Early Childhood Education Series Pt. 8: Home Preschool Curriculum

@prestonwb Will Preston @wbpreston

Early childhood education at home in the time of social distancing can be restricting and confining, however it does not close off opportunities to provide your students with enriching and vital educational opportunities. There are many resources available to parents looking for academic activities for their preschool age children to engage in. Though some are more time consuming for the parent in terms of setup and materials, there are many activities that can get your student to work quickly and require little of the parent’s time. The key to a solid activity is one that engages the student’s motor skills and hand eye coordination while also laying the foundation for future academic lessons. For example, drawing letters or numbers, coloring shapes, and cutting and pasting, when combined these activities activate the most important elements in the education of a preschool age child.

There are a few examples here that are great activities for students of this age. There are other less academic activities that are in some cases more important and engaging while also providing vital foundational life skills for the student. Allow daily tasks around the house to become learning opportunities for everyday life skills. Children have a tendency to mimic the routines performed everyday by adults. Utilize this need in your student for learning from watching to learning by doing. Turn daily chores into a fun way of taking care of the house and students will not only learn how to complete these tasks, they will also associate these tasks with positive memories and experiences. Though it may take more time, allow the student the extra time for sweeping the floor, or for meal prep, or making the bed. Though these seem like small tasks and the time needed for a preschool aged student to accomplish them may seem wasted, these learning moments are invaluable to the growth and development of the student.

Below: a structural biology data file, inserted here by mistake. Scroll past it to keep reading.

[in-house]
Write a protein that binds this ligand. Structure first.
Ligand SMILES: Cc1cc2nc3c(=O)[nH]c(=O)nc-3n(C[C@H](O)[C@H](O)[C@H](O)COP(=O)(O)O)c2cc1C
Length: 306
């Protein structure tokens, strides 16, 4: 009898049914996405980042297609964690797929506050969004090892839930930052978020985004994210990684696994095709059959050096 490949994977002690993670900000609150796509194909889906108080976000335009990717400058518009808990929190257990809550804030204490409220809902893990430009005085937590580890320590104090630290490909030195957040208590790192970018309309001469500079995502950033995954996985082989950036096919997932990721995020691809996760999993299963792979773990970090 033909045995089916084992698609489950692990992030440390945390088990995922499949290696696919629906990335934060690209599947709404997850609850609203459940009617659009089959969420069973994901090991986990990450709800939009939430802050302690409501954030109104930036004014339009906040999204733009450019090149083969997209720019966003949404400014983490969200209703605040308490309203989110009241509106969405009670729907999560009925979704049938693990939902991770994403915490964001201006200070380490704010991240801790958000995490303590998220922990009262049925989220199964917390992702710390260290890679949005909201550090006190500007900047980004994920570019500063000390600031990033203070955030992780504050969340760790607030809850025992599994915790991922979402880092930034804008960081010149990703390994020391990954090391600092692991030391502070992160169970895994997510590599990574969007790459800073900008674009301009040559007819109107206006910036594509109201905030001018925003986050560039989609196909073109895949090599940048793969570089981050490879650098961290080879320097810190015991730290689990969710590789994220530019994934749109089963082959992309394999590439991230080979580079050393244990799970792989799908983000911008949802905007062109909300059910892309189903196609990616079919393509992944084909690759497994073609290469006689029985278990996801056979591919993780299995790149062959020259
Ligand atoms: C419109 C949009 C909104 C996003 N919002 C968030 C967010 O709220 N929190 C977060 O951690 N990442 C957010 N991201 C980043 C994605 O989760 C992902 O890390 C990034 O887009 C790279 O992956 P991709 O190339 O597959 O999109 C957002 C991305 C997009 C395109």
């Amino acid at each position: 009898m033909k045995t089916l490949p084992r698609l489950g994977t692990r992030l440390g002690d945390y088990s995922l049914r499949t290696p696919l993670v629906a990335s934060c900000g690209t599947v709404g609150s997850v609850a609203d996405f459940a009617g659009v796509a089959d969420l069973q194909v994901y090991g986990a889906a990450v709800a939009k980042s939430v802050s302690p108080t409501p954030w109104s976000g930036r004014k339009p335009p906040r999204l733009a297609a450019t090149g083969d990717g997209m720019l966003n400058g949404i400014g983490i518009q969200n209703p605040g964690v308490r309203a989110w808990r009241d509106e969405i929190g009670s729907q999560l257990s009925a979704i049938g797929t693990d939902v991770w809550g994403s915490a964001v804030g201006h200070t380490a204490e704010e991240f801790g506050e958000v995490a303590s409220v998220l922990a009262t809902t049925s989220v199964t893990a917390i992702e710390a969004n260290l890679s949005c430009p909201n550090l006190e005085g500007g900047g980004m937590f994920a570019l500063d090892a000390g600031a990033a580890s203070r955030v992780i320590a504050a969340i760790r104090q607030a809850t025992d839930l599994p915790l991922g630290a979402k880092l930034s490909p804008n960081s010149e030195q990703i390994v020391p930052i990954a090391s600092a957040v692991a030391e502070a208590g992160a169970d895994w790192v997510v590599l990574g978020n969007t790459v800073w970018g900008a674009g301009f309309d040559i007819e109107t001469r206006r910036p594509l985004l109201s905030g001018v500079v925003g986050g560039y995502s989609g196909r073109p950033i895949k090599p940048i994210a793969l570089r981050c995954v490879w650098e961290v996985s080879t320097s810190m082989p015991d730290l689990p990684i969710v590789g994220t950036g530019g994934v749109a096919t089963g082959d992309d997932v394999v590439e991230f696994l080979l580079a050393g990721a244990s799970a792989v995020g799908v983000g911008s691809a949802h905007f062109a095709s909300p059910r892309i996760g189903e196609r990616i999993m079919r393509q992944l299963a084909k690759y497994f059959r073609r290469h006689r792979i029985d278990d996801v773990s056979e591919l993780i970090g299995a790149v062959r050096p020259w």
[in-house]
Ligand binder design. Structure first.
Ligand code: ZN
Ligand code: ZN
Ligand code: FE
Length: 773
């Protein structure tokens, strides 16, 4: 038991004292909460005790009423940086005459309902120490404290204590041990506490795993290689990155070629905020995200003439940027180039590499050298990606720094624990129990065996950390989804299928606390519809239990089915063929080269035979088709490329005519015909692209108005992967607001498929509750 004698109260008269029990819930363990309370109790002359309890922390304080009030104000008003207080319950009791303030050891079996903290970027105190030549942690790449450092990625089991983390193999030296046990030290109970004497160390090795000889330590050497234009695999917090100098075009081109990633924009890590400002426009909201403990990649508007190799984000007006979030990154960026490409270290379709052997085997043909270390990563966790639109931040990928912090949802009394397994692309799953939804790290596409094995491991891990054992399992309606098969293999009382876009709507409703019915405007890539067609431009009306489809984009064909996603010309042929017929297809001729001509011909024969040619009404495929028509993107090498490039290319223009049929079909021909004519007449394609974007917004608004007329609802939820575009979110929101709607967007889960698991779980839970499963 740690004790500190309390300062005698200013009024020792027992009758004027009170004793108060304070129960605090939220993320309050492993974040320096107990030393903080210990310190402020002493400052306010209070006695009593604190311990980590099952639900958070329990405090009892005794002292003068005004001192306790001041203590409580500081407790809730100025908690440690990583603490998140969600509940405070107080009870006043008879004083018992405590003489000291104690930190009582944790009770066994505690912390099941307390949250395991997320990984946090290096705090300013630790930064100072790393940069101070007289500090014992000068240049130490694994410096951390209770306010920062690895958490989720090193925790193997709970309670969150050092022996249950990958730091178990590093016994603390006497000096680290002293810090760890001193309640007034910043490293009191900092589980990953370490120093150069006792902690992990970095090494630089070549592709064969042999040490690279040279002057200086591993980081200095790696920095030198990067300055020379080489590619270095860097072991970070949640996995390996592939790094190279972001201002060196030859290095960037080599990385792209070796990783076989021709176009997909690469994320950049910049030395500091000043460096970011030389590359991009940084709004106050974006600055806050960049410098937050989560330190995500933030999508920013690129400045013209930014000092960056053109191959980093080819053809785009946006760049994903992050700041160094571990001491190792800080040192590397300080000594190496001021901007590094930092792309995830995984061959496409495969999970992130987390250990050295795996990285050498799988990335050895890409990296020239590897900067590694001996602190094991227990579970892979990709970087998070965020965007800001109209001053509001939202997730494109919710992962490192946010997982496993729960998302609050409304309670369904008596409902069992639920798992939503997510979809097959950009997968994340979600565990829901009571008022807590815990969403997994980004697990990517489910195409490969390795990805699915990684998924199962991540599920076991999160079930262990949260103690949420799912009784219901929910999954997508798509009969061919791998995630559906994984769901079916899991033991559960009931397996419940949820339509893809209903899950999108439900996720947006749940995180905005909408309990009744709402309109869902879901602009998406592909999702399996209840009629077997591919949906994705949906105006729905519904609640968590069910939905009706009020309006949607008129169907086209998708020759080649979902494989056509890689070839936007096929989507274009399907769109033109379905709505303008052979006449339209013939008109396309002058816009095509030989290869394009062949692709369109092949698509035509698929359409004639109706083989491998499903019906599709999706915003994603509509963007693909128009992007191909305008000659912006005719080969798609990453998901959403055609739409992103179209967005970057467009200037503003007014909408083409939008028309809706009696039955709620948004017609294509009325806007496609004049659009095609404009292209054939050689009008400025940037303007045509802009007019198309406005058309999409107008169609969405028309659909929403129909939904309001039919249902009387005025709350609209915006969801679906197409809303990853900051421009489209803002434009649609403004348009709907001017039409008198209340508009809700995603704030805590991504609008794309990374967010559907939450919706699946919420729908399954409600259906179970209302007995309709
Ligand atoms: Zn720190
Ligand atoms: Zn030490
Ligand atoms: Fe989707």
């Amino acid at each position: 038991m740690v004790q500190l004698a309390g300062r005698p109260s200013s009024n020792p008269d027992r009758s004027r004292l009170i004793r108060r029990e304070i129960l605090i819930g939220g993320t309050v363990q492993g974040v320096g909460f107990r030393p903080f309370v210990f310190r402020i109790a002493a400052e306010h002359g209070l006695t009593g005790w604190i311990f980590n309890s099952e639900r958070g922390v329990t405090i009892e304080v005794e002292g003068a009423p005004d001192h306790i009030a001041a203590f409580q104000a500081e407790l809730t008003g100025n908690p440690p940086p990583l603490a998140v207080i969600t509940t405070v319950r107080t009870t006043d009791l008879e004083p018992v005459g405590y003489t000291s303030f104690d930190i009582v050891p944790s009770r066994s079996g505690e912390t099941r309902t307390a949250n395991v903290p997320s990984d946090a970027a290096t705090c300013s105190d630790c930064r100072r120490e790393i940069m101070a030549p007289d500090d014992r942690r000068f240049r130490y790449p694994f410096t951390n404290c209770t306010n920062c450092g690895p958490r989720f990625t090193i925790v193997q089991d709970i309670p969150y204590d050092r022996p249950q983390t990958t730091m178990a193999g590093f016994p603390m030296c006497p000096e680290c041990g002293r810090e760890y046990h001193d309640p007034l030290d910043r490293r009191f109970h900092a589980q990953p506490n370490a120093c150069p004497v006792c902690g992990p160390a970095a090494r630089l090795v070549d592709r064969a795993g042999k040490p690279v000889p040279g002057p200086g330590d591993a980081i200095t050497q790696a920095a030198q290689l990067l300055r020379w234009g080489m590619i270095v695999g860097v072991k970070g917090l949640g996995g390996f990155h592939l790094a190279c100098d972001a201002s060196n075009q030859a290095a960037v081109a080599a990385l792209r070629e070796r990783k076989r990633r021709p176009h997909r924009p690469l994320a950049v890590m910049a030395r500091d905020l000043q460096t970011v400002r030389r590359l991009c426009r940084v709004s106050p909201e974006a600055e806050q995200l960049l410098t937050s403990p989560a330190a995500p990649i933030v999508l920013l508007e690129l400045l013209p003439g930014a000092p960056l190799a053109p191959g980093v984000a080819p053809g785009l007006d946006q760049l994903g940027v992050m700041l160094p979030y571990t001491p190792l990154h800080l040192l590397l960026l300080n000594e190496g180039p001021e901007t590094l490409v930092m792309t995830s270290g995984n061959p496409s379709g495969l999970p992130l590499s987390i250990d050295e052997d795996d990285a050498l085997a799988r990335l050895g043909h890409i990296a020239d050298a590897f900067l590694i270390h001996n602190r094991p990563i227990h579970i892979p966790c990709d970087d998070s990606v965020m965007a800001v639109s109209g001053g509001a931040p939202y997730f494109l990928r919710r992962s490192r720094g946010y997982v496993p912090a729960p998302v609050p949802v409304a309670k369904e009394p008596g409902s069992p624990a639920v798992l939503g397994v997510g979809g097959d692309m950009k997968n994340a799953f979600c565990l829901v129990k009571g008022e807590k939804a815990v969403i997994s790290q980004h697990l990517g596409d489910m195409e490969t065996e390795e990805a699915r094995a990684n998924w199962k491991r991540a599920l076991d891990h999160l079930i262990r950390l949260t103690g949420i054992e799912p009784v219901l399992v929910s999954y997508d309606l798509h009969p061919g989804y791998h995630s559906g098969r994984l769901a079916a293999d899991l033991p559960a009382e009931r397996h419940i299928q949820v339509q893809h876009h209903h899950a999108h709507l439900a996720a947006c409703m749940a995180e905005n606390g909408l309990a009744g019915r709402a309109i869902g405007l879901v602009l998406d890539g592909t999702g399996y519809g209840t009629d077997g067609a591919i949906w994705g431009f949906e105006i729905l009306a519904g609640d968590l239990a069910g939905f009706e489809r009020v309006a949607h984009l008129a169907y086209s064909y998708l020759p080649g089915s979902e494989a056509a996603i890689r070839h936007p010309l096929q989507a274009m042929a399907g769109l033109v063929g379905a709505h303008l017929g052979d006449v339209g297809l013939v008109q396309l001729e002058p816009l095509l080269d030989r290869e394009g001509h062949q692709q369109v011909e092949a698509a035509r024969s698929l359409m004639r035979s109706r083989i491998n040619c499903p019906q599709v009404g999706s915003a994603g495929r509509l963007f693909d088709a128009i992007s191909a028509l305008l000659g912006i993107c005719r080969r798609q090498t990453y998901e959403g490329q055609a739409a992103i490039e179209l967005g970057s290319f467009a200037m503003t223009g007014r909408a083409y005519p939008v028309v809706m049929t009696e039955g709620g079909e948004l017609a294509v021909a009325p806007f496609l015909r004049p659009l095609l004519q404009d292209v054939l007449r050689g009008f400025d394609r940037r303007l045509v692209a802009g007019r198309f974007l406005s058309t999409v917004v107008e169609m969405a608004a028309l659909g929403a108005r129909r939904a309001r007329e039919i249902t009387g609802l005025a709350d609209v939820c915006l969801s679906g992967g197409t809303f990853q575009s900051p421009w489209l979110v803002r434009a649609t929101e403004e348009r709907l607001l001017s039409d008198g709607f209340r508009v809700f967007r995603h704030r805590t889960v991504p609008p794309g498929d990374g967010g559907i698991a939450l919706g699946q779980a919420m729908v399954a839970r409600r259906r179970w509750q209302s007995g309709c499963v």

When cooking allow the student to use cleaning and cooking utensils that fit into a child’s hand. This provides an opportunity for the student to accomplish real work on a smaller scale and will boost the student’s confidence and give them real experience and solid groundwork for advancement in the skill. Working with food that is healthy and fresh provides an opportunity to teach the student about diet and the process and place for food in the health cycle. Through their experience in the cooking process students are working with numbers and math whenever they are using a measuring cup or getting the right number of ingredients. During a cooking activity students are introduced to science and chemistry in the form of the transformational process between ingredients to meal, as well as the chemical change that takes place when cooking.